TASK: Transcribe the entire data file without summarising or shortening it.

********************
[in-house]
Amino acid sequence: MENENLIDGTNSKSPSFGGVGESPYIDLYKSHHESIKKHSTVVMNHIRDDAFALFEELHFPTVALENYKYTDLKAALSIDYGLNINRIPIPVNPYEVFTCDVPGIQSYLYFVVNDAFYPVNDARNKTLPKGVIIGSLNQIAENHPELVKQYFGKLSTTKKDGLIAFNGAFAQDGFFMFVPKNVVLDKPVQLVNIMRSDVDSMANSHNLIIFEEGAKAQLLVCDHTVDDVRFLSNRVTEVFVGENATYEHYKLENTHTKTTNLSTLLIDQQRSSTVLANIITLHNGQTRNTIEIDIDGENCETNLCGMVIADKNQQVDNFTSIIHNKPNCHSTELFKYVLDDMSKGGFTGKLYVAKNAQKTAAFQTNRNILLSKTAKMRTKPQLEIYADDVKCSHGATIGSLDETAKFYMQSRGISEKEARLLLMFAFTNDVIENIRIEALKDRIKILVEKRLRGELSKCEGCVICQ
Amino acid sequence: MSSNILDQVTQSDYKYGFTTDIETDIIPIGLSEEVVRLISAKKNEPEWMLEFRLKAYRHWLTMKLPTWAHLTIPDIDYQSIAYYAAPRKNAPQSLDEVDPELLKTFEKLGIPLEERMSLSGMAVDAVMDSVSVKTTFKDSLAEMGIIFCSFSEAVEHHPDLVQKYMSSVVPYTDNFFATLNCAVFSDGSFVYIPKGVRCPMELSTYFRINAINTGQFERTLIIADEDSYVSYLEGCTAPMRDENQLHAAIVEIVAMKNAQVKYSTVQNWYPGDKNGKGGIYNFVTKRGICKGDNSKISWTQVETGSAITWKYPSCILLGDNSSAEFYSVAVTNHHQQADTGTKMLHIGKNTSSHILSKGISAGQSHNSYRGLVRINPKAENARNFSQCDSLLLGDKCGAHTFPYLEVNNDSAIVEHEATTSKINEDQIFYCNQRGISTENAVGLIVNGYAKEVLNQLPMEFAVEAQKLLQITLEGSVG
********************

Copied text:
[in-house]
Amino acid sequence: MENENLIDGTNSKSPSFGGVGESPYIDLYKSHHESIKKHSTVVMNHIRDDAFALFEELHFPTVALENYKYTDLKAALSIDYGLNINRIPIPVNPYEVFTCDVPGIQSYLYFVVNDAFYPVNDARNKTLPKGVIIGSLNQIAENHPELVKQYFGKLSTTKKDGLIAFNGAFAQDGFFMFVPKNVVLDKPVQLVNIMRSDVDSMANSHNLIIFEEGAKAQLLVCDHTVDDVRFLSNRVTEVFVGENATYEHYKLENTHTKTTNLSTLLIDQQRSSTVLANIITLHNGQTRNTIEIDIDGENCETNLCGMVIADKNQQVDNFTSIIHNKPNCHSTELFKYVLDDMSKGGFTGKLYVAKNAQKTAAFQTNRNILLSKTAKMRTKPQLEIYADDVKCSHGATIGSLDETAKFYMQSRGISEKEARLLLMFAFTNDVIENIRIEALKDRIKILVEKRLRGELSKCEGCVICQ
Amino acid sequence: MSSNILDQVTQSDYKYGFTTDIETDIIPIGLSEEVVRLISAKKNEPEWMLEFRLKAYRHWLTMKLPTWAHLTIPDIDYQSIAYYAAPRKNAPQSLDEVDPELLKTFEKLGIPLEERMSLSGMAVDAVMDSVSVKTTFKDSLAEMGIIFCSFSEAVEHHPDLVQKYMSSVVPYTDNFFATLNCAVFSDGSFVYIPKGVRCPMELSTYFRINAINTGQFERTLIIADEDSYVSYLEGCTAPMRDENQLHAAIVEIVAMKNAQVKYSTVQNWYPGDKNGKGGIYNFVTKRGICKGDNSKISWTQVETGSAITWKYPSCILLGDNSSAEFYSVAVTNHHQQADTGTKMLHIGKNTSSHILSKGISAGQSHNSYRGLVRINPKAENARNFSQCDSLLLGDKCGAHTFPYLEVNNDSAIVEHEATTSKINEDQIFYCNQRGISTENAVGLIVNGYAKEVLNQLPMEFAVEAQKLLQITLEGSVG